This is a big deal folks. In terms of market capitalization, Apple has just shot past Microsoft. For many, many years Microsoft was untouchable, but unfortunately their growth in terms of share price has been dwindling recently. Apple on the other hand, has had a impressive growth spurt in the last few years, starting with the iPod, and now their big money maker, the iPhone.
What makes this even more impressive is that in the mid nineties, Apple were just about ready to close up shop. With a bunch of corporate shake ups and poor leadership on the board, many expected the company to just give up. Luckily Apple somehow go hold of its ousted leader, Steve Jobs, and put him back in charge as interim CEO, or in Apple speak, the iCEO. Before this, Dell CEO, Michael Dell famously pronounced that the right thing to do for Apple is to close shop, and give back the money to the shareholders. Imagine you were one of the shareholders then – things are definitely looking up today. This because Steve Jobs shaked up Apple’s structure and brought back its culture, something that was always Apple’s biggest asset.
What he did is basically scrap unnecessary product lines and refine existing products to just a few choices. It is still very much evident today with the Apple range of products. Despite thinking that people want infinite choice, Apple proves that people do not want to be bombarded with different products.
Oh and one small thing also helped: Microsoft actually invested $150 million into Apple in those bad years to bail them out. Who would have thunk?
Now one should not dismiss Microsoft in this – this is after all percepted value of a company based on shares. Apple only has around 10 percent of the US market, while Microsoft is still very profitable, despite these profits primarily coming from its operating systems and productivity software, but then again they sink a lot of money in to other divisions like Xbox and Windows phone, which is yet to turn signaificant profits, if any at all.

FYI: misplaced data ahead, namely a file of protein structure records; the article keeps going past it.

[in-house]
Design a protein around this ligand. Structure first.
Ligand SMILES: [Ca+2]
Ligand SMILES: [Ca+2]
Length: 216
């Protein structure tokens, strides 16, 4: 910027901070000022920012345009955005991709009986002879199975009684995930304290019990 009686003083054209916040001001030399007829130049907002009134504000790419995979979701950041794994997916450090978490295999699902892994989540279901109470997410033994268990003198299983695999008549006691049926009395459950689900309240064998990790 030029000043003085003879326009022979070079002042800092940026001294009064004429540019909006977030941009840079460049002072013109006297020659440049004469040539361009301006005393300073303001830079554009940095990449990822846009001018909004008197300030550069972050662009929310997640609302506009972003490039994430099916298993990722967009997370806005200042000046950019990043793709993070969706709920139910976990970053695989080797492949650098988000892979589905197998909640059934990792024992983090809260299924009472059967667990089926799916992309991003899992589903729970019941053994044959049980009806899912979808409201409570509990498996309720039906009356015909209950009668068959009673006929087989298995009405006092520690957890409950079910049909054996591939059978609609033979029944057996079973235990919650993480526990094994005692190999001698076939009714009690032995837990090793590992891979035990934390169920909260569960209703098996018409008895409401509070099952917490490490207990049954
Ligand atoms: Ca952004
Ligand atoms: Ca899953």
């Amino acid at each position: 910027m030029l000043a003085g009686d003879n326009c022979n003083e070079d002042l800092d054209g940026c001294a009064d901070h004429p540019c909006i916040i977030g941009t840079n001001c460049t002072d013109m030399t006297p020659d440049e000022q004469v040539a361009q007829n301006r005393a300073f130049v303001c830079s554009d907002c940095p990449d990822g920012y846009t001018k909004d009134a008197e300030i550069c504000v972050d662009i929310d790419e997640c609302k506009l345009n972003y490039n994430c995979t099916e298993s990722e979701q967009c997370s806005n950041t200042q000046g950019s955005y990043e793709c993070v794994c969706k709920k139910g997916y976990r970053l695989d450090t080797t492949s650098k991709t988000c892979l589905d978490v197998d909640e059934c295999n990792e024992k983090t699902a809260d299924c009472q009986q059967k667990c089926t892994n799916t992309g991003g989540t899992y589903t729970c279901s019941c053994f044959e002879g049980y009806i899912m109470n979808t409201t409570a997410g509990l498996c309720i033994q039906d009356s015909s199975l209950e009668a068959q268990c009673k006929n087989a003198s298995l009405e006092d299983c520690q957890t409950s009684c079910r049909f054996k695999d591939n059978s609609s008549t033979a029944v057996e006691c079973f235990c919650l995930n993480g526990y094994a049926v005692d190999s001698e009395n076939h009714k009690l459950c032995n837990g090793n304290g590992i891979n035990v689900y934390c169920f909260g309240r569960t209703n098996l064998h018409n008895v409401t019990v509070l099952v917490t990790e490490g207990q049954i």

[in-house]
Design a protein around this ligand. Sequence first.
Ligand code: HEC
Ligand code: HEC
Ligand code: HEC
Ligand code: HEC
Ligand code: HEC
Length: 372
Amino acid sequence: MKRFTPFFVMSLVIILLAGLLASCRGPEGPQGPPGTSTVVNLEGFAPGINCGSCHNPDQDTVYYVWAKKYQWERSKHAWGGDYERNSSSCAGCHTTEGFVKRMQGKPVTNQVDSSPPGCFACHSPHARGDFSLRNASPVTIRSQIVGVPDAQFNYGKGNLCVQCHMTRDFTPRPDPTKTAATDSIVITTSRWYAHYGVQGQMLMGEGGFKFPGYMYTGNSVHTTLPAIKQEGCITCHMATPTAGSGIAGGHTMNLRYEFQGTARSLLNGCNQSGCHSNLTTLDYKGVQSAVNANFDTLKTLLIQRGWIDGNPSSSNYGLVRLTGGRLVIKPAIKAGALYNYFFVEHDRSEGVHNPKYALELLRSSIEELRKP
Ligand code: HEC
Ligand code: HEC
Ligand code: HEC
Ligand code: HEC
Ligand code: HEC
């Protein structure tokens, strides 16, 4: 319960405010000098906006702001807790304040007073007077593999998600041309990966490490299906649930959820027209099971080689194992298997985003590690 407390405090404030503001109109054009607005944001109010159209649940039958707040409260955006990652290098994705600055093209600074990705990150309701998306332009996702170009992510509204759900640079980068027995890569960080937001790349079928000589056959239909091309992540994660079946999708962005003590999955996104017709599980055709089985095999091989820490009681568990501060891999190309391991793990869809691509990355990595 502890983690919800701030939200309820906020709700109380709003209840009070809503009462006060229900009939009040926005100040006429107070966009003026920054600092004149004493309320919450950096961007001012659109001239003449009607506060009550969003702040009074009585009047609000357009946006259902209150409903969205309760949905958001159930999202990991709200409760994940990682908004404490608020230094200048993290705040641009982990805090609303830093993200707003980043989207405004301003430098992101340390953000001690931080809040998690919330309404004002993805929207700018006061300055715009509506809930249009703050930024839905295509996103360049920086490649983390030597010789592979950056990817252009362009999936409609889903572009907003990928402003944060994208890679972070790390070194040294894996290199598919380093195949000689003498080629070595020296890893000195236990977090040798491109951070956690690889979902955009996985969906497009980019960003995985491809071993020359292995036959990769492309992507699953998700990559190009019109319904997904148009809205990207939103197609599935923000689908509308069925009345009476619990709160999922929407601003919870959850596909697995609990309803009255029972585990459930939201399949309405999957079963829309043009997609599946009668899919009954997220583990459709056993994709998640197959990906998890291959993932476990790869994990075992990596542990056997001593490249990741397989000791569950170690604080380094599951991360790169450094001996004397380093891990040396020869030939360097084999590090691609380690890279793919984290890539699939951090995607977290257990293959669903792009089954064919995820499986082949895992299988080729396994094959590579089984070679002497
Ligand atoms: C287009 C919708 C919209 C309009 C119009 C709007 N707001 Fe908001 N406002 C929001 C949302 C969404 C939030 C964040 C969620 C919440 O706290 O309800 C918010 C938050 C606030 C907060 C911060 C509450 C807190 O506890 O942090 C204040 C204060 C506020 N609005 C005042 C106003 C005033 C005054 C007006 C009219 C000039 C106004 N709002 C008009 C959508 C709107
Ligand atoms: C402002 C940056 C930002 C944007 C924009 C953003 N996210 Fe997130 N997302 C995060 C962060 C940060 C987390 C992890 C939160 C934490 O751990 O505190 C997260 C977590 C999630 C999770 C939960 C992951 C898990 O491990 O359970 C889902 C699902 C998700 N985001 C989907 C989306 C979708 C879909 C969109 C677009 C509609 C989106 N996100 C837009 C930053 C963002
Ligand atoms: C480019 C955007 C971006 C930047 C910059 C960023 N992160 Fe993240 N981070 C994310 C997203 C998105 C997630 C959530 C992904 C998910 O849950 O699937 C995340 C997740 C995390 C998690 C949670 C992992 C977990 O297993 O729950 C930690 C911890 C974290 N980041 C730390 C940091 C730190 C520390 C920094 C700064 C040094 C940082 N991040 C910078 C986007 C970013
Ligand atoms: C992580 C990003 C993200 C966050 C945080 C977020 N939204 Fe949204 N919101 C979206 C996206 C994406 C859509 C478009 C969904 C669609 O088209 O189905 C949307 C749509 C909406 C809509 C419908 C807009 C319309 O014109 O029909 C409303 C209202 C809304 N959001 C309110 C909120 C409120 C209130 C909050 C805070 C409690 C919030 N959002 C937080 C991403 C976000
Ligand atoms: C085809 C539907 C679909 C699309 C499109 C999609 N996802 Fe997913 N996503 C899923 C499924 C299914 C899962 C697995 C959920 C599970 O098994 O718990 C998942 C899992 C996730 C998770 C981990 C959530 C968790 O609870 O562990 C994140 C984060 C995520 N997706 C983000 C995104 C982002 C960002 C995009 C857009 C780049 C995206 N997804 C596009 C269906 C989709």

What it comes down to is that investors are not always the best (or most accurate) people to value a company – Microsoft is still the dominant player in the corporate market, where scale, not pure profit per sale is what is more important (just go look at the profits in building an iPad). Whatever you might read into this, we still live in a Windows world.
I dont believe Microsoft to take back their place in the next few weeks – Apple has an exciting month lined up. On June 7th they are releasing their next generation iPhone (which has been leaked it seems, and it looks great) and also roll out the next release of it iPhone operating system, which will roll out to eager iPhone 3G and 3GS users. This software update also addresses one of the last major criticisms of the iPhone platform with multitasking, although only for the 3GS model (and of course the upcoming one).
I think the battle is still coming.
PS: If you want some history on Apple, go read iCon: Steve Jobs, The Greatest Second Act in the History of Business, a great book by Jefferey S. Young. Another great book is Inside Steve’s Brain, by Leander Kahney (he is the guy behind the Cult of Mac website).